Updated: Sep 10
Fall is around the corner and more than half of the year has passed, which makes it the perfect time to reassess your financial goals for the year. In this article, I will take you all who want to take stock of their current financial approach through insightful finance-focused exercises.
As a former Money Coach for a financial company, I have heard many limiting beliefs about money which have been both paralyzing and stressful. This article will help you to move past false narratives about money so that you can successfully navigate around the space of money.
You’ll need your pen and paper for three mini reflection exercises.
You will be taking an inventory of your own thoughts about money that may be holding you back. A study by CompareCards found that about 7 in 10 Americans have cried about money. Debt seems to be the largest source of stress. It’s also the top reason for arguments in couples that leads to divorce.
According to Oxford’s definition, “money is a current medium of exchange in the form of coins and banknotes.” However, beyond this definition, we all experience money differently. From our first exposure up until now, we’ve formed our own beliefs and emotions about money. Therefore, we look at money from the lens of our experiences, not as its true definition.
Let’s look at money solely from an emotional standpoint. A mini-reflection exercise and answer these prompts:
If you were in a romantic relationship w/ money…
What would your “Relationship Status” say? i.e., dating? Getting to know each other? It’s complicated? Love Hate relationship? Other?
If your money could speak, what would it say about you? i.e., “I’m treated well!” or would it say, “I’m being taken for granted.”
Let’s pause. Write down your answers.
Were there any surprises for you? This may be an unusual way of looking at money. Before we look at money as a tool, let’s look at how limiting beliefs might be influencing or controlling how you perceive money. Perception about money leads us to behave in accordance with your beliefs, whether you’re conscious of those beliefs or not. For example, “Money is too hard to understand.” Let’s look at the emotions and behaviors associated with this belief.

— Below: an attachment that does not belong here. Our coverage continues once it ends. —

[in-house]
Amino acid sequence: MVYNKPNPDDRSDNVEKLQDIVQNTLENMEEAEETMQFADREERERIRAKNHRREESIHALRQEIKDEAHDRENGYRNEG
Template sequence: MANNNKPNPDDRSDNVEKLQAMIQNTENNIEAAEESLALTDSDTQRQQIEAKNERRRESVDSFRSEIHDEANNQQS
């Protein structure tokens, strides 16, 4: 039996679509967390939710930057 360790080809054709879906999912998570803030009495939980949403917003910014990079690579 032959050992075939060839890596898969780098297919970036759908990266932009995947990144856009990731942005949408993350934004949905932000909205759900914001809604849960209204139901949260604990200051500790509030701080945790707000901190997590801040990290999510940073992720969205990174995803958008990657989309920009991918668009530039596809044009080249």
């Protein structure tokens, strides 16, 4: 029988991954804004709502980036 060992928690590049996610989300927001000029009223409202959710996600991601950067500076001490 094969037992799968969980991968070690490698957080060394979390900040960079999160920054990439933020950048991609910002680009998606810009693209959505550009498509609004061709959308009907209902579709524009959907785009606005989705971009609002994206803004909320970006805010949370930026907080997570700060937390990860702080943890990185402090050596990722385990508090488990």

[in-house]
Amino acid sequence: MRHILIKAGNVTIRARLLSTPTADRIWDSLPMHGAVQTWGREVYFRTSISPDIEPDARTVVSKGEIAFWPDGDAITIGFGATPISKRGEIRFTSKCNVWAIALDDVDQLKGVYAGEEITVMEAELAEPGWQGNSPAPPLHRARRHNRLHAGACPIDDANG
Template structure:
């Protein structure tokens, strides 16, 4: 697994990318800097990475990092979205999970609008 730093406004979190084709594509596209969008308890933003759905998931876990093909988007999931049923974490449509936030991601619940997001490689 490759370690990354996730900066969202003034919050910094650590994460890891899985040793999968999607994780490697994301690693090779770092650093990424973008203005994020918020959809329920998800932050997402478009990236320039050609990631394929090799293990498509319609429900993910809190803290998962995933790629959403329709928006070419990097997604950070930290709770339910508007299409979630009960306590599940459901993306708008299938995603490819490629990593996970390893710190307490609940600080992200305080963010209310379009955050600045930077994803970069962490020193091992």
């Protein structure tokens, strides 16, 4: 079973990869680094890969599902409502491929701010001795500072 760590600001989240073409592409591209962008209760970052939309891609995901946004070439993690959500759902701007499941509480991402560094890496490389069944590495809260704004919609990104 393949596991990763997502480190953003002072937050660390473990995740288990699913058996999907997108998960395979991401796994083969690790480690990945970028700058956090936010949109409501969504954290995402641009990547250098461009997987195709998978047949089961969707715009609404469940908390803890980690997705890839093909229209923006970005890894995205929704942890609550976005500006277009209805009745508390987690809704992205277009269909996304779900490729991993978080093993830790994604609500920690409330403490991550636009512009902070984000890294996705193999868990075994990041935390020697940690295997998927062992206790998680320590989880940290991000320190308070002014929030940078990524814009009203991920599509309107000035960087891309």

Possible Emotions: Discouraged, frustrated, afraid, anxious, stressed, helpless, annoyed, apathetic, overwhelmed Possible Behaviors: Overspending money to temporarily mask negative emotions; giving up on goals that require saving money; and/or avoiding planning the future related to money.
What other beliefs do you have about money? If you believe, “People with money are greedy,” list your emotions about this belief and the behaviors you engage in that are fueled by this belief. Do you find yourself being frivolous with your money because you have negative feelings about those who are wealthy and don’t want to belong to their category?
Let’s pause here and write down your belief and then your behavior fueled by the belief.
How was it? Beliefs are impactful and powerful. Additionally, we have many beliefs about money, so you might find yourself in the middle of the spectrum or at times doing things and wishing you were doing the complete opposite. You can also hold opposing beliefs at the same time: Money is both good and bad or essential and bad. According to an article on New York Times, “Rethinking Money, Not as Good or Bad but as a tool.” It is a tool that can be used to increase your options of maintaining and/or increasing your standard of living. Another research, “Buying Time Promotes Happiness” has also found that when people spend money to save time, it can reduce their overall stress.
In summary, it’s helpful to take a deep dive into your subconscious mind to uncover your narratives. What new beliefs about money would you like to hold to fuel you in the same direction of your goal?
Exercise III: Write your new beliefs.
If you want or need help uncovering your limiting beliefs to create new narratives, we are happy to partner with you on this journey.